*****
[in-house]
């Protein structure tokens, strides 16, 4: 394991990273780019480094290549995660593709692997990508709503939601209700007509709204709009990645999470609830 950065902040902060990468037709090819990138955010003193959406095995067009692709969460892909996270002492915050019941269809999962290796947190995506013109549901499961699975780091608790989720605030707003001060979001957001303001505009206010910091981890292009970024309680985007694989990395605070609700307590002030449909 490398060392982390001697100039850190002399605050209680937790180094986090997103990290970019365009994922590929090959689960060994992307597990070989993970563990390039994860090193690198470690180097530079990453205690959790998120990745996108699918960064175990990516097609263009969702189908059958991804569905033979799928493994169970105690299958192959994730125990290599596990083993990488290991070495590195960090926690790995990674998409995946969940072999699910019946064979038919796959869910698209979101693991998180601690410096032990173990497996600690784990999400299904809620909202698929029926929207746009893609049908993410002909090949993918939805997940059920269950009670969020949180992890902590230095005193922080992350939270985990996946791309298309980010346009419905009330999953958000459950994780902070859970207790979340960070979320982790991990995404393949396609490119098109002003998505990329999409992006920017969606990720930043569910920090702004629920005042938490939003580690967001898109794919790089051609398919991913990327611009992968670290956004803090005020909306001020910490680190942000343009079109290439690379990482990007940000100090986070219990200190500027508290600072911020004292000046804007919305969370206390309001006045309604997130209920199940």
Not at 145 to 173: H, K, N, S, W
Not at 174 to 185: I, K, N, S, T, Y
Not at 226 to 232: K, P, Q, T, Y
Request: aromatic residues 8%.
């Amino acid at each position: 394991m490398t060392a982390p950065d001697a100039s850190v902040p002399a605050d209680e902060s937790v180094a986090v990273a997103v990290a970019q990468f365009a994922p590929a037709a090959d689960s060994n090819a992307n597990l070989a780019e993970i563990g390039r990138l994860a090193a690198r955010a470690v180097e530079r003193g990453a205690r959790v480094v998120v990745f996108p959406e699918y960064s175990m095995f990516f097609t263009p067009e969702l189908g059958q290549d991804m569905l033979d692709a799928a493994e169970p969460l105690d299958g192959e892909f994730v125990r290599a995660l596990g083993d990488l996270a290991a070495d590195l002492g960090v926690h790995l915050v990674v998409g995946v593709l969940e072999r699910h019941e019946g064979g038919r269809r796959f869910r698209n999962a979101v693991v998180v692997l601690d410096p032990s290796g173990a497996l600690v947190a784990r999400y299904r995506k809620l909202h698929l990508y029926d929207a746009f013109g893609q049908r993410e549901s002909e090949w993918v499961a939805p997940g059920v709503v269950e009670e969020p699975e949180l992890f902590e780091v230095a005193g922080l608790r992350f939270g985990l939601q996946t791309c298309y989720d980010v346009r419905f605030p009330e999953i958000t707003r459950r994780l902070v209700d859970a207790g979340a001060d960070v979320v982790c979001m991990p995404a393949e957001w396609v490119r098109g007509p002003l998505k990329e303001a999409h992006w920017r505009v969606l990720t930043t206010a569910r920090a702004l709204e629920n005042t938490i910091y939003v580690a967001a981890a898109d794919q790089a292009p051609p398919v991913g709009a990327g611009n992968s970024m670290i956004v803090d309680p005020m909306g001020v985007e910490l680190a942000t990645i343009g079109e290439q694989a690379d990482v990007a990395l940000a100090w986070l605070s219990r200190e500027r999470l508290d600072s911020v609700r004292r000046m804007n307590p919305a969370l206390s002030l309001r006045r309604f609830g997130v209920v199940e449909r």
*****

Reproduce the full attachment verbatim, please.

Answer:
[in-house]
């Protein structure tokens, strides 16, 4: 394991990273780019480094290549995660593709692997990508709503939601209700007509709204709009990645999470609830 950065902040902060990468037709090819990138955010003193959406095995067009692709969460892909996270002492915050019941269809999962290796947190995506013109549901499961699975780091608790989720605030707003001060979001957001303001505009206010910091981890292009970024309680985007694989990395605070609700307590002030449909 490398060392982390001697100039850190002399605050209680937790180094986090997103990290970019365009994922590929090959689960060994992307597990070989993970563990390039994860090193690198470690180097530079990453205690959790998120990745996108699918960064175990990516097609263009969702189908059958991804569905033979799928493994169970105690299958192959994730125990290599596990083993990488290991070495590195960090926690790995990674998409995946969940072999699910019946064979038919796959869910698209979101693991998180601690410096032990173990497996600690784990999400299904809620909202698929029926929207746009893609049908993410002909090949993918939805997940059920269950009670969020949180992890902590230095005193922080992350939270985990996946791309298309980010346009419905009330999953958000459950994780902070859970207790979340960070979320982790991990995404393949396609490119098109002003998505990329999409992006920017969606990720930043569910920090702004629920005042938490939003580690967001898109794919790089051609398919991913990327611009992968670290956004803090005020909306001020910490680190942000343009079109290439690379990482990007940000100090986070219990200190500027508290600072911020004292000046804007919305969370206390309001006045309604997130209920199940």
Not at 145 to 173: H, K, N, S, W
Not at 174 to 185: I, K, N, S, T, Y
Not at 226 to 232: K, P, Q, T, Y
Request: aromatic residues 8%.
């Amino acid at each position: 394991m490398t060392a982390p950065d001697a100039s850190v902040p002399a605050d209680e902060s937790v180094a986090v990273a997103v990290a970019q990468f365009a994922p590929a037709a090959d689960s060994n090819a992307n597990l070989a780019e993970i563990g390039r990138l994860a090193a690198r955010a470690v180097e530079r003193g990453a205690r959790v480094v998120v990745f996108p959406e699918y960064s175990m095995f990516f097609t263009p067009e969702l189908g059958q290549d991804m569905l033979d692709a799928a493994e169970p969460l105690d299958g192959e892909f994730v125990r290599a995660l596990g083993d990488l996270a290991a070495d590195l002492g960090v926690h790995l915050v990674v998409g995946v593709l969940e072999r699910h019941e019946g064979g038919r269809r796959f869910r698209n999962a979101v693991v998180v692997l601690d410096p032990s290796g173990a497996l600690v947190a784990r999400y299904r995506k809620l909202h698929l990508y029926d929207a746009f013109g893609q049908r993410e549901s002909e090949w993918v499961a939805p997940g059920v709503v269950e009670e969020p699975e949180l992890f902590e780091v230095a005193g922080l608790r992350f939270g985990l939601q996946t791309c298309y989720d980010v346009r419905f605030p009330e999953i958000t707003r459950r994780l902070v209700d859970a207790g979340a001060d960070v979320v982790c979001m991990p995404a393949e957001w396609v490119r098109g007509p002003l998505k990329e303001a999409h992006w920017r505009v969606l990720t930043t206010a569910r920090a702004l709204e629920n005042t938490i910091y939003v580690a967001a981890a898109d794919q790089a292009p051609p398919v991913g709009a990327g611009n992968s970024m670290i956004v803090d309680p005020m909306g001020v985007e910490l680190a942000t990645i343009g079109e290439q694989a690379d990482v990007a990395l940000a100090w986070l605070s219990r200190e500027r999470l508290d600072s911020v609700r004292r000046m804007n307590p919305a969370l206390s002030l309001r006045r309604f609830g997130v209920v199940e449909r």